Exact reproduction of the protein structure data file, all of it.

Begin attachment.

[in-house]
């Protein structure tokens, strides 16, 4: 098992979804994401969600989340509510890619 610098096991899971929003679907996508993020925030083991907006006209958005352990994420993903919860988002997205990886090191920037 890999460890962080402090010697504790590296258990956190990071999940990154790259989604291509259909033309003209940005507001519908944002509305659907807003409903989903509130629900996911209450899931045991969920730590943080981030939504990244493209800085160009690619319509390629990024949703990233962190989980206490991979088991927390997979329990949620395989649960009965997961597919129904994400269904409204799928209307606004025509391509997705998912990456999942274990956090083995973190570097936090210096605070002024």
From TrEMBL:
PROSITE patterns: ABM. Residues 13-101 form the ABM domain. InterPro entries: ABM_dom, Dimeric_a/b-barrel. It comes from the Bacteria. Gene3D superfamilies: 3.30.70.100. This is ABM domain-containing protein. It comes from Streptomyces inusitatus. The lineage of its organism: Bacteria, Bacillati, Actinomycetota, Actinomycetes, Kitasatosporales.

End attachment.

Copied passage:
[in-house]
């Protein structure tokens, strides 16, 4: 098992979804994401969600989340509510890619 610098096991899971929003679907996508993020925030083991907006006209958005352990994420993903919860988002997205990886090191920037 890999460890962080402090010697504790590296258990956190990071999940990154790259989604291509259909033309003209940005507001519908944002509305659907807003409903989903509130629900996911209450899931045991969920730590943080981030939504990244493209800085160009690619319509390629990024949703990233962190989980206490991979088991927390997979329990949620395989649960009965997961597919129904994400269904409204799928209307606004025509391509997705998912990456999942274990956090083995973190570097936090210096605070002024």
From TrEMBL:
PROSITE patterns: ABM. Residues 13-101 form the ABM domain. InterPro entries: ABM_dom, Dimeric_a/b-barrel. It comes from the Bacteria. Gene3D superfamilies: 3.30.70.100. This is ABM domain-containing protein. It comes from Streptomyces inusitatus. The lineage of its organism: Bacteria, Bacillati, Actinomycetota, Actinomycetes, Kitasatosporales.